Featured Post

Annual Cleanse

     As soon as the Christmas decorations are down it's time to start thinking about Marmalade!  In January Seville oranges come to Ir...



There are lots of white blackthorn blossoms out at the moment in the hedges. I must make a note of the easily reached ones so I can collect some sloes for sloe gin this autumn.

Our greengage and damsons have a few blossoms too. Neither of these three trees have ever had much blossom and therefore no fruit.

The pears and apples are beginning to blossom too. One apple has the most wonderful scent, quite delicate, but rose like. I hope the apples are better this year than last.

I have been reclaming the red currant bushes since the hedge cutter gave them an impromptu “pruning” while doing the laurel hedge. As they were quite over grown it has been great to get in at the brambles some of which have the most massive gnarly roots. Very satisfying to get these out. I don’t think we’ll get any fruit from them this year. Not that we get much from them anyway, as the birds tend to get there first.

The black currants are in flower and as they got a proper pruning we should do well from them this year.

The strawberries are in flower in the poly tunnel and outside I wonder which will give us the first ripe fruit?


Green Leaves

As our purple sprouting broccoli PSB was nonexistent this year, I tried steaming the flower buds that appeared on the Brussels sprouts in the leaf axels at the top of the plants. Steamed for a few minutes and tossed in butter they are almost as tasty as PSB. They also are a reasonable replacement for Chinese greens in a stir-fry. The leaves at the top of the sprout plants make a good substitute for cabbage or kale in this hungry gap.

For other greens at this time of year I like Swiss chard, but ours is in the poly tunnel and is beginning to bolt, still it has lots of leaves still to be eaten and the leaf stalks take well to the stir-fry treatment too.

Wild garlic or ramsons are delicious too, the local roadside is about to become a mass of white flowers. I don’t pick them from the roadside as we have some growing in the woods. A handful sliced and added to an omelette and a salad makes a perfect lunch.


Watching Things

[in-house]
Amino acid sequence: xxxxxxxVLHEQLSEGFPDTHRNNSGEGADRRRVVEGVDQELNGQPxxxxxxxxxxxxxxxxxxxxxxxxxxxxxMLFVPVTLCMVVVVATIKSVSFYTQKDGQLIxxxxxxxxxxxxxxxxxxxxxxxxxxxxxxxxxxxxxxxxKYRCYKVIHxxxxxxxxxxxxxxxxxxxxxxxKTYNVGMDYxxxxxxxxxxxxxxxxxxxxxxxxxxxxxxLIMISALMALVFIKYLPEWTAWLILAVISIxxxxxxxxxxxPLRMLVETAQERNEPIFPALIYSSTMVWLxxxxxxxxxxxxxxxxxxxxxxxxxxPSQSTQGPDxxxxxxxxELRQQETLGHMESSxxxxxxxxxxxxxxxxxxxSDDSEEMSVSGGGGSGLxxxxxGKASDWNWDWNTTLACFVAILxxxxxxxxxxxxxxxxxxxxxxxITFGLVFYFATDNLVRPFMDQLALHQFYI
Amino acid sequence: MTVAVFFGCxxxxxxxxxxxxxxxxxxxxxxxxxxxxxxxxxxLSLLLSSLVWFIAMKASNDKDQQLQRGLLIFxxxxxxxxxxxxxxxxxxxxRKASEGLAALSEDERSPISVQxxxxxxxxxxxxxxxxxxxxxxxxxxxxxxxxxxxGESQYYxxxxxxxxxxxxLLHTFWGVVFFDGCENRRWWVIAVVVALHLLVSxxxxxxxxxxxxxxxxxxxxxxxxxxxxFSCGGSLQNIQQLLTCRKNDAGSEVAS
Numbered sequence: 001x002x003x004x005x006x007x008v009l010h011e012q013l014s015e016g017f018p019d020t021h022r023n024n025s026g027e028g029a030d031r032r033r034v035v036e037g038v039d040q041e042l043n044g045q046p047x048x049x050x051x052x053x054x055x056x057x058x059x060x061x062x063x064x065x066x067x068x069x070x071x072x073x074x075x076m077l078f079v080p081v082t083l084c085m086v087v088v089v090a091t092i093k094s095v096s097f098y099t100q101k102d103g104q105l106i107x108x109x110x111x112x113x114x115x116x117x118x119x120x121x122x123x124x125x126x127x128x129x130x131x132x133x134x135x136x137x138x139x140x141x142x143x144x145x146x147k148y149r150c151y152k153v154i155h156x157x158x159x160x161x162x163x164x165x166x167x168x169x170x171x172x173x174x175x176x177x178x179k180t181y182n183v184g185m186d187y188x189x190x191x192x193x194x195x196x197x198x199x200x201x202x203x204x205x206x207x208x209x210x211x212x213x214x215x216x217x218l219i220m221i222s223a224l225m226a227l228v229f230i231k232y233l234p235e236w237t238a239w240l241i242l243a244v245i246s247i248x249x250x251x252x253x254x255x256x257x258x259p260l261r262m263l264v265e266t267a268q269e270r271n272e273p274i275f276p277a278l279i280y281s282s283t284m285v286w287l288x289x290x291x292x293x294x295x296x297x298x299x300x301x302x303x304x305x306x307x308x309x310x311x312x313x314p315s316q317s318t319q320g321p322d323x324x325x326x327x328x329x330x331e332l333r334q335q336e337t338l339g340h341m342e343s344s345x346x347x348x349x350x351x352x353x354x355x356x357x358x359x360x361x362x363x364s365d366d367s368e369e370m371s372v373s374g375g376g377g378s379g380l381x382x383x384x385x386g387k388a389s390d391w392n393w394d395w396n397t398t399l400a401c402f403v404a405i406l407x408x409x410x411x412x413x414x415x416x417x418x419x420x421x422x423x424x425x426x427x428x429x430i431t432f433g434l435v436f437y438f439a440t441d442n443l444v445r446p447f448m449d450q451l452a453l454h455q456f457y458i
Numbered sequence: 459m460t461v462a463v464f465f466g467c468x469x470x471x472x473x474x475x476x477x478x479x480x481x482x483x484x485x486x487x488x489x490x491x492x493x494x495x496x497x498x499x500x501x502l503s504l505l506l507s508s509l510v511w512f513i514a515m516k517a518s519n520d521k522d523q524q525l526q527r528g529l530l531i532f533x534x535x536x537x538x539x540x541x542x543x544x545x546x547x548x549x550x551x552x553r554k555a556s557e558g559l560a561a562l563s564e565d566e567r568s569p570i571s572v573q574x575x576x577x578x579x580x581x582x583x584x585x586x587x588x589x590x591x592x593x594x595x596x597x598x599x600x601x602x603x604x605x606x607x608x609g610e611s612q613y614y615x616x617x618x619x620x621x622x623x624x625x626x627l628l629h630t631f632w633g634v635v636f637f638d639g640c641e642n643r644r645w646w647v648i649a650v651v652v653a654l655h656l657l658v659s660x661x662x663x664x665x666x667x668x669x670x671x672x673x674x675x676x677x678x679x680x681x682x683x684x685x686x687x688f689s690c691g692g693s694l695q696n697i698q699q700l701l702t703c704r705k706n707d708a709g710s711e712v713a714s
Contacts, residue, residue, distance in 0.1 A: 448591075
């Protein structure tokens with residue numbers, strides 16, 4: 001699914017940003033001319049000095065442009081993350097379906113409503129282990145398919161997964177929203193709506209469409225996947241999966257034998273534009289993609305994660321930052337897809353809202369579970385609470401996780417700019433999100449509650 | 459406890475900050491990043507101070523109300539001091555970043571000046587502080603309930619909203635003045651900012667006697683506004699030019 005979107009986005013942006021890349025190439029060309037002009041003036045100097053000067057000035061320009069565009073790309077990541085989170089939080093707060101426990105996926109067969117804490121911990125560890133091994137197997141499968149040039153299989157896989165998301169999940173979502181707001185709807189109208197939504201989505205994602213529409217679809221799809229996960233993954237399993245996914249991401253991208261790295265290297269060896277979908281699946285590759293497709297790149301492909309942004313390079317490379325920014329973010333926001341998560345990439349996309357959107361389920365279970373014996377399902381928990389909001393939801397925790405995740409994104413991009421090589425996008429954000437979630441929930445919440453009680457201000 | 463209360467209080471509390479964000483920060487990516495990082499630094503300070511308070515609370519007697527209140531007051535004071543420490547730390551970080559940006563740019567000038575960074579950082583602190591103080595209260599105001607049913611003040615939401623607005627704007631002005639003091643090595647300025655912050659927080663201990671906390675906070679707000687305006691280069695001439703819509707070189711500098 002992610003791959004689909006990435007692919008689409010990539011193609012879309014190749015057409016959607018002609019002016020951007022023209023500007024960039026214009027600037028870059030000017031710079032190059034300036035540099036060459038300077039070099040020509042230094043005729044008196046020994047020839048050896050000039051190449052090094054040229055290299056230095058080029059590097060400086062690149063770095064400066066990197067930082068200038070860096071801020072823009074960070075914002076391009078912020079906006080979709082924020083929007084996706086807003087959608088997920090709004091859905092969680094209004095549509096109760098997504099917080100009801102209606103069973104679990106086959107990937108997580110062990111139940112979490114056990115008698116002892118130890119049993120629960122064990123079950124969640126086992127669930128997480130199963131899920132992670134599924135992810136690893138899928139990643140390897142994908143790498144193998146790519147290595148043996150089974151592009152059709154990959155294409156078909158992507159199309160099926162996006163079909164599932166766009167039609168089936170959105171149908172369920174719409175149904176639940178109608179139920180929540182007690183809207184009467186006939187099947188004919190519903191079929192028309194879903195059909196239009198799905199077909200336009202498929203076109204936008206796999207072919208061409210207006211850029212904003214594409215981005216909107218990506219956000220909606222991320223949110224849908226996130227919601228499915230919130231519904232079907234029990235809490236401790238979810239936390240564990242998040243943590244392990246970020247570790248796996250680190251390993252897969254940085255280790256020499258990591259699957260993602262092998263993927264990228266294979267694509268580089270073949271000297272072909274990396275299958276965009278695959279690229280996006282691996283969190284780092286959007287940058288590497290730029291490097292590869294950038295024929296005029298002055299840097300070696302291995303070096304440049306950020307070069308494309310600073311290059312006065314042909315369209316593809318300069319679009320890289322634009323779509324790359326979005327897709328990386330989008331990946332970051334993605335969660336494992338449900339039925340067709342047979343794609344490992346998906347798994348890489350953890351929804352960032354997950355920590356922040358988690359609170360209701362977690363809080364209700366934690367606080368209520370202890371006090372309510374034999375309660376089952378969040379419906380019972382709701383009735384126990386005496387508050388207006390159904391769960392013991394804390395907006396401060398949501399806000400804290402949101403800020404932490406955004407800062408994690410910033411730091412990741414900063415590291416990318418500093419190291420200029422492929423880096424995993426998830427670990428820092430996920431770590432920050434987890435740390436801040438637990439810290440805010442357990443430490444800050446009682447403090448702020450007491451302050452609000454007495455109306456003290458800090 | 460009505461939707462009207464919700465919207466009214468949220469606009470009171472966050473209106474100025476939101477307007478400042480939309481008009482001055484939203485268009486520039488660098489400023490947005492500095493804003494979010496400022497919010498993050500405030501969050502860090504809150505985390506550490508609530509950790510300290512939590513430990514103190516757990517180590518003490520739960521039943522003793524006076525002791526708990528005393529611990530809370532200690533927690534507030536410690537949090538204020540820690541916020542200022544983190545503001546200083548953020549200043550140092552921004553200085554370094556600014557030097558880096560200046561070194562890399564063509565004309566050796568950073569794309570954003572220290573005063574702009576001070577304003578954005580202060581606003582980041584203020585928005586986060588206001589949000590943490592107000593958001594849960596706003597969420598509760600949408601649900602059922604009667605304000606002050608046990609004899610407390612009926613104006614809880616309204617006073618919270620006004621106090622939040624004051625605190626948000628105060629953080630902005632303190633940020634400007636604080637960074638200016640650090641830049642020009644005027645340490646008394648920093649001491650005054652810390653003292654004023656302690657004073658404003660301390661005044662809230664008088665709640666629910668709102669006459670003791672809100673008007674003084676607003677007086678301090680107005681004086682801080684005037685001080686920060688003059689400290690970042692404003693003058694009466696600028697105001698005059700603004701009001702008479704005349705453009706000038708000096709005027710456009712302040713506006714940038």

Today I watched two “crows” chase away a “hawk” from the trees. Quite noisy and determined of them. Not sure if they were jackdaws or hooded crows or if it was a hawk or kestrel they were seeing off. It all happened way above my head and in less than 30 seconds.

The bluebells and pear blossom are just coming out it is a very hopeful time of year.

I also watched a bat flittering around in daylight at about 6:30 pm for 10 or so minutes. It was between the poly tunnel and the trees on the eastern boundary quite a sight. The swallows have been passing through for about a week now too summer is on its way!

I also watched Jamie Oliver in Andalucia/Andalusia I’m not so sure that the Moors had much to do with the origins of chorizo as they were mostly Muslim and on their way out of Spain when chillies were on their way across the Atlantic from the just found Americas. Tomatoes were still in the Americas when the Romans brought their bread and vegetable soup to Spain too come to think of it. Still I really liked the sight and imagined smells of his “Killer Pork Chops” and if those hunters ever run short of rabbits we’ve quite a few here on the east Cork / west Waterford boarder.

Nettle Soup

Another lovely day and I've finished planting onions. Decided to get my own back on the nettles by turning some of them into soup.
Picked a steamer full of the top 4 to 6 leaves of each nettle. Gave them a good soak in salty water to evict insects for about 10 minutes. Softened a sliced onion and 2 chopped cloves of garlic in some oil. Added the washed and drained nettles. Turned them in the heat till wilted and added about a pint and a quarter/750ml stock brought to the boil and simmered for 10 minutes. Took off the heat and let cool for 5 minutes and then blended with a hand held blender. Reheat and serve with croutons and whipped cream.
Back out to the garden to do some more digging while the weather's fine.